Sign Language Series, Part Two: Emotional Intelligence and Literacy Skills
Most parents will dismiss sign language once a child starts speaking, but the truth is that the benefits of teaching your child sign language don’t stop once your child can say “mama” or “milk.” In fact, using sign language with toddlers and preschoolers is even more beneficial. While initial use will teach your infants how to communicate their wants and needs, signing with toddlers will help them communicate complex subjects like their feelings, directions and the concept of similarities and differences. Sign language with your toddler will also improve their vocabulary, which will in turn encourage your child to be an early reader.
For a toddler, emotions can be blurry. Even when your toddler has words, emotional messages can still get crossed. Tired is a very different feeling from frustration and the solutions differ as well. Sign language gives a child the ability to identify, differentiate and validate their own feelings, leading to self-awareness and self-esteem.
“When a child can tell you what they are feeling and take pride in it, ‘I feel excited and I feel sad and I feel angry,’ that is raising their self-esteem,” says Etel Leit, MS founder of SignShine, a parenting center based on American Sign Language. “It’s [telling them it’s] okay to feel it. [They] can sign it and [they] can recognize it.”
Leit believes that communicating feelings is one of the greatest benefits when working with a toddler. It gives them an opportunity to effectively express their true feelings and that creates security.
In the past 3 years working with Leit, I think the most important “feeling” signs we’ve worked on have been “help” and “hurt.” From very early on, my daughter has been able to request help. Not only has signing “help” eliminated frustrating moments for her, but it has also eliminated potential dangerous accidents.
“Hurt” is probably the toughest sign to see as a parent but after Leit taught another family this very important sign, their child was able to communicate that he had pain in his leg. That led to seeing a doctor and eventually to discovering a problem that could have gone unnoticed for another few years. This is just one example of the tangible benefits that come from communicating emotions through sign language.
Signing with toddlers encourages them to develop pre-literacy skills by improving their vocabulary as well as their spelling proficiency. It is a great tool to make letter connections as many signs utilize the first letter of the actual spelled word. For example, “water” is signed with a “W,” “blue” with a “B” and “toilet” with a “T.”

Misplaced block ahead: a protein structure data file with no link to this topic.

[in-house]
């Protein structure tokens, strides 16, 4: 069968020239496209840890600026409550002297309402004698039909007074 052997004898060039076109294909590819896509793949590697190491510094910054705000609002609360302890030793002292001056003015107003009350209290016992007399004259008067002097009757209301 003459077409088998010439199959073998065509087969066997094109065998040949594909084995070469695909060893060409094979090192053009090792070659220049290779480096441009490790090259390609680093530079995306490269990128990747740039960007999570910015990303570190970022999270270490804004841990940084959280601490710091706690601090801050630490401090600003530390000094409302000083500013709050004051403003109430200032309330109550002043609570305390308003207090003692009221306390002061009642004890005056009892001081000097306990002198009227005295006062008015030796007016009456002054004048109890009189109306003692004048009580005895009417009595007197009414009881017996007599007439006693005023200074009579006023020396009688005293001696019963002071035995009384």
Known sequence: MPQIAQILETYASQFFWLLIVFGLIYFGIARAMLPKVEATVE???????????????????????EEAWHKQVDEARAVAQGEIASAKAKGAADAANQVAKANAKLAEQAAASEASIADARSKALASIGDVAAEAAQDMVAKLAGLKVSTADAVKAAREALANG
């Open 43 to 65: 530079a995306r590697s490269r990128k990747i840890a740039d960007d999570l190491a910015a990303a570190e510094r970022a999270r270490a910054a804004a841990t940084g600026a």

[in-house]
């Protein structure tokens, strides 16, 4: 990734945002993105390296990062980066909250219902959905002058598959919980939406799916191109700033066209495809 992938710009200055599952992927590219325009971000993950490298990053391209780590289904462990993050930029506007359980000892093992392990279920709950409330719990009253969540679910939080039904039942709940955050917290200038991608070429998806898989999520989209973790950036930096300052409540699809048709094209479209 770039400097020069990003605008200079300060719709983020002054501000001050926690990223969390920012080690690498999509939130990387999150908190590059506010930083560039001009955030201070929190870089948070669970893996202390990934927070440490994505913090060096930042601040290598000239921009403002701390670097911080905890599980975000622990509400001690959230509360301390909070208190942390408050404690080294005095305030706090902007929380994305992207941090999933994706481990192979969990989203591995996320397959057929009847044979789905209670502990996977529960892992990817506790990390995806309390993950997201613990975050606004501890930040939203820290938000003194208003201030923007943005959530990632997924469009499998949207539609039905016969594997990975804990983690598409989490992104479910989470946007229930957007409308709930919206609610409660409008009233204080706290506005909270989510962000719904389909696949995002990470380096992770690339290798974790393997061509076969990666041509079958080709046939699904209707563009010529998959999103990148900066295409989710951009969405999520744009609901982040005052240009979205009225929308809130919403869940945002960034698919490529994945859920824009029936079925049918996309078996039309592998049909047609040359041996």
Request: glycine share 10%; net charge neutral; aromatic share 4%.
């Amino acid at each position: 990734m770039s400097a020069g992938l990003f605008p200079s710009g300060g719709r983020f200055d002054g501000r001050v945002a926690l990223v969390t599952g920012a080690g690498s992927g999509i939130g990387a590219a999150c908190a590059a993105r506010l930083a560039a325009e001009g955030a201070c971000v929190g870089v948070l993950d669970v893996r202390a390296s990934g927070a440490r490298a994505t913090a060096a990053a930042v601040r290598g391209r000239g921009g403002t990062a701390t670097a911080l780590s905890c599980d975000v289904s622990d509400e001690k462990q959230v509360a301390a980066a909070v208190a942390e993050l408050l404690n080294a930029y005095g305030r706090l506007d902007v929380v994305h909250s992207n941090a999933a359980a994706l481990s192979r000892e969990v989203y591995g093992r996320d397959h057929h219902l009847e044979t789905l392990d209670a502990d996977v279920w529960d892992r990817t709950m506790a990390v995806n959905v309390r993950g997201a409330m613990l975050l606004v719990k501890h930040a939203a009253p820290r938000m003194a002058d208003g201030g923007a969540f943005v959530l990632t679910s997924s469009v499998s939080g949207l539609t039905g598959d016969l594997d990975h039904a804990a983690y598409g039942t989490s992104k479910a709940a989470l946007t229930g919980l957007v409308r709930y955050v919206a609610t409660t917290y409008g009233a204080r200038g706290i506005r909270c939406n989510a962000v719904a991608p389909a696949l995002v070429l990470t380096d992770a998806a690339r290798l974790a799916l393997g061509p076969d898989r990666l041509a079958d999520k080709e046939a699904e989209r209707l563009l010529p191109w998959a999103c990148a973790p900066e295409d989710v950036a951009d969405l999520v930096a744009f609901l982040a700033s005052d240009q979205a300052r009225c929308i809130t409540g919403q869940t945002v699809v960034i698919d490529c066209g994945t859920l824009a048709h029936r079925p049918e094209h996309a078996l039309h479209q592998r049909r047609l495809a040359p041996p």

By the time my daughter had turned one, she could read most of the alphabet as I signed each letter. I would sign in no particular order and even though she had not yet learned the ever-popular “ABC song,” she could easily identify a “P” from a “Q.”
“When a child learns sign language, we expose the child to letters before they even learn their ABC’s,” says Leit.
In 2000, a study funded by The National Institutes of Child Health and Human Development found that children who learned sign language in conjunction with their spoken language spoke sooner and had a larger vocabulary. 2-year-olds who used sign language knew on average, 50 more spoken words than their non-signing peers. By 3 years old, children who sign have language skills of a 4-year-old.
“Reading first starts with recognizes words and then decoding them,” says Leit, utilizing colors to encourage early connections to the alphabet.
A strong vocabulary is vital for a child to understand what they are actually reading. The larger your child’s vocabulary is, the more connections they can make. There’s a better understanding of concepts and naturally, there is a higher success rate in reading comprehension.
With benefits that carry on far past the toddler years, sign language truly is not simply a tool for those with infants. If you’ve ever wondered about implementing it into your toddler’s life, I encourage you to pursue it. It really never is too late to start.
If you haven’t read part one of this series click here.
Etel Leit, MS is the founder of SignShine, a parenting center based in LA that offers communication consultations, classes and workshops based on American Sign Language (ASL).
*Editor’s Note: this post was originally published in December 2018 and has been revamped and updated for accuracy and comprehensiveness.